No Labels, which has pledged to create a pathway for an alternative candidate to run against the Republican and Democratic presidential nominees in 2024, will get a spot on the ballot in Arizona.
The presidential battleground state joins Colorado in recognizing No Labels as a political party. The group’s push for ballot access has angered Democrats and anti-Donald Trump Republicans, who worry a No Labels candidate couldn’t win but would tip the scales in favor of Trump or a Trump-like Republican.
No Labels says it is seeking ballot access in many states and will run a bipartisan “unity ticket” for president “if the two parties select unreasonably divisive presidential nominees.”
Secretary of State Adrian Fontes, a Democrat, notified the group on Tuesday that it turned in enough valid signatures to qualify as a political party under Arizona law. He said in a statement he’d work with county election officials to implement the change.
Even a small number of voters backing the No Labels candidate could be significant. President Joe Biden won three states by less than 1 percentage point in 2020.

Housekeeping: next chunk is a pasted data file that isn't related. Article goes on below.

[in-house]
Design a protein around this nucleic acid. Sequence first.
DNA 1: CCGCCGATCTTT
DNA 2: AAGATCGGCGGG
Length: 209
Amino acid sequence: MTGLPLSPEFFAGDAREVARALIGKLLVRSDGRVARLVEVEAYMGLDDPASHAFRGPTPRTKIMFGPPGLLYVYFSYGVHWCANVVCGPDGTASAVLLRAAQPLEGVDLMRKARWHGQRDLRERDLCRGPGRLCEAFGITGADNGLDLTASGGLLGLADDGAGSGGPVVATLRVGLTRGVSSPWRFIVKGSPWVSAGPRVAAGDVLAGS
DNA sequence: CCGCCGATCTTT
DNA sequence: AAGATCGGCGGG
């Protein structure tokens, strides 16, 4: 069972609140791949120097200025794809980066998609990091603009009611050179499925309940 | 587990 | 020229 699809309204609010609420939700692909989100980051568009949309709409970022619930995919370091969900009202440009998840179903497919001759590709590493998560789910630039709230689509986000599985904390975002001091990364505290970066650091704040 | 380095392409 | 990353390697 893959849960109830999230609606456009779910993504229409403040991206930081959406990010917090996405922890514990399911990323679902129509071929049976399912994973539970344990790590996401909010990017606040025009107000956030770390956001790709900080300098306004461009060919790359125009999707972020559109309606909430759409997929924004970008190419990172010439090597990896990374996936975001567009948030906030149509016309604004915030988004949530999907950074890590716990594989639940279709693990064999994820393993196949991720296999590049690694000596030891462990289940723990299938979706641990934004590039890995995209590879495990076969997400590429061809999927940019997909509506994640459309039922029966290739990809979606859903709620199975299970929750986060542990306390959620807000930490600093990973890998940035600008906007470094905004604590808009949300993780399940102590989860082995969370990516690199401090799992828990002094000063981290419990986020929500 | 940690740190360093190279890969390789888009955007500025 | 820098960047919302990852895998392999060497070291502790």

The center-left group Third Way said in a memo, first reported by Politico, that Biden won voters who didn’t like either major party candidate by 15 points over Trump; Democrat Hillary Clinton lost those voters by 17 points in the 2016 race that Trump won. No Labels says it would draw equally from both major parties.
No Labels has emerged during a period of partisan polarization, with a rising bloc of independent voters dissatisfied with both major parties.
While No Labels has focused its attention on the 2024 presidential election, it will have a guaranteed line on the ballot for every state and federal race in Arizona. That has prompted speculation that the group could provide a vehicle to support Arizona independent Sen. Kyrsten Sinema, who left the Democratic Party last year and faces a tough reelection fight if she decides to run for a second term in a three-way race.
A spokeswoman for Sinema declined to comment.
No Labels becomes Arizona’s fourth recognized party, joining the Democratic, Republican, and Libertarian parties. The state stopped recognizing the Green Party after the 2018 election, when it failed to get at least 5% of the vote in the election for governor and didn’t collect enough signatures to maintain its status.
Republished with the permission of The Associated Press.